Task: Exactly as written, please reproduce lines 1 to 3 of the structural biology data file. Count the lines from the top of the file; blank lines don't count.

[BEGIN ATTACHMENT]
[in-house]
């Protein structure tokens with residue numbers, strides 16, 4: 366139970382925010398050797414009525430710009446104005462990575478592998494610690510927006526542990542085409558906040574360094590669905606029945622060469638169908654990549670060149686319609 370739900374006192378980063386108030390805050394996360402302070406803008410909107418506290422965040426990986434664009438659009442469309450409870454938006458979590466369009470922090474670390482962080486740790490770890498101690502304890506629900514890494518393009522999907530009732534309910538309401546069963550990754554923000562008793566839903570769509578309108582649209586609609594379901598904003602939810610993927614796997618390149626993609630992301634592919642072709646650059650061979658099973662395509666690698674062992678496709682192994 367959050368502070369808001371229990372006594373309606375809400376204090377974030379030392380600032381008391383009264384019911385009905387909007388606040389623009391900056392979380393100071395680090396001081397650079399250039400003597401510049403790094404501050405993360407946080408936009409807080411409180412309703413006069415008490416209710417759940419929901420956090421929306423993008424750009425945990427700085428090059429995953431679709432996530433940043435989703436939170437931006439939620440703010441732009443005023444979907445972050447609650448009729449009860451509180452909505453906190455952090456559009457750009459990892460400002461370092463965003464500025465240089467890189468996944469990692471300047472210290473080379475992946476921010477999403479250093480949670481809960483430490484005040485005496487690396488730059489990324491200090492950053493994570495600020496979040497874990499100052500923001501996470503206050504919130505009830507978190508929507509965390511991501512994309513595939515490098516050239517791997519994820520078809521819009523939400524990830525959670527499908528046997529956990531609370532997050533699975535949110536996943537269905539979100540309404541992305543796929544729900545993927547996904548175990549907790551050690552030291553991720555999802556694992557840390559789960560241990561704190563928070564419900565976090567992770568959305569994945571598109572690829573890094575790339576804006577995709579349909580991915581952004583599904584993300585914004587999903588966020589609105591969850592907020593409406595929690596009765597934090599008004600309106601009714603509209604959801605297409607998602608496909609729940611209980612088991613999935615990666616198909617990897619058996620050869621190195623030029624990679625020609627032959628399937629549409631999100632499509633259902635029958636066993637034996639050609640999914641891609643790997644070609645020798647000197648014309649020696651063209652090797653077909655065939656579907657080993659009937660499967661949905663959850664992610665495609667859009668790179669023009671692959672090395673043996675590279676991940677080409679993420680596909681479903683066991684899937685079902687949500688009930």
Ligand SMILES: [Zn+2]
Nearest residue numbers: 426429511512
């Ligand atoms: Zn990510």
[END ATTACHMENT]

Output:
[in-house]
């Protein structure tokens with residue numbers, strides 16, 4: 366139970382925010398050797414009525430710009446104005462990575478592998494610690510927006526542990542085409558906040574360094590669905606029945622060469638169908654990549670060149686319609 370739900374006192378980063386108030390805050394996360402302070406803008410909107418506290422965040426990986434664009438659009442469309450409870454938006458979590466369009470922090474670390482962080486740790490770890498101690502304890506629900514890494518393009522999907530009732534309910538309401546069963550990754554923000562008793566839903570769509578309108582649209586609609594379901598904003602939810610993927614796997618390149626993609630992301634592919642072709646650059650061979658099973662395509666690698674062992678496709682192994 367959050368502070369808001371229990372006594373309606375809400376204090377974030379030392380600032381008391383009264384019911385009905387909007388606040389623009391900056392979380393100071395680090396001081397650079399250039400003597401510049403790094404501050405993360407946080408936009409807080411409180412309703413006069415008490416209710417759940419929901420956090421929306423993008424750009425945990427700085428090059429995953431679709432996530433940043435989703436939170437931006439939620440703010441732009443005023444979907445972050447609650448009729449009860451509180452909505453906190455952090456559009457750009459990892460400002461370092463965003464500025465240089467890189468996944469990692471300047472210290473080379475992946476921010477999403479250093480949670481809960483430490484005040485005496487690396488730059489990324491200090492950053493994570495600020496979040497874990499100052500923001501996470503206050504919130505009830507978190508929507509965390511991501512994309513595939515490098516050239517791997519994820520078809521819009523939400524990830525959670527499908528046997529956990531609370532997050533699975535949110536996943537269905539979100540309404541992305543796929544729900545993927547996904548175990549907790551050690552030291553991720555999802556694992557840390559789960560241990561704190563928070564419900565976090567992770568959305569994945571598109572690829573890094575790339576804006577995709579349909580991915581952004583599904584993300585914004587999903588966020589609105591969850592907020593409406595929690596009765597934090599008004600309106601009714603509209604959801605297409607998602608496909609729940611209980612088991613999935615990666616198909617990897619058996620050869621190195623030029624990679625020609627032959628399937629549409631999100632499509633259902635029958636066993637034996639050609640999914641891609643790997644070609645020798647000197648014309649020696651063209652090797653077909655065939656579907657080993659009937660499967661949905663959850664992610665495609667859009668790179669023009671692959672090395673043996675590279676991940677080409679993420680596909681479903683066991684899937685079902687949500688009930």
Ligand SMILES: [Zn+2]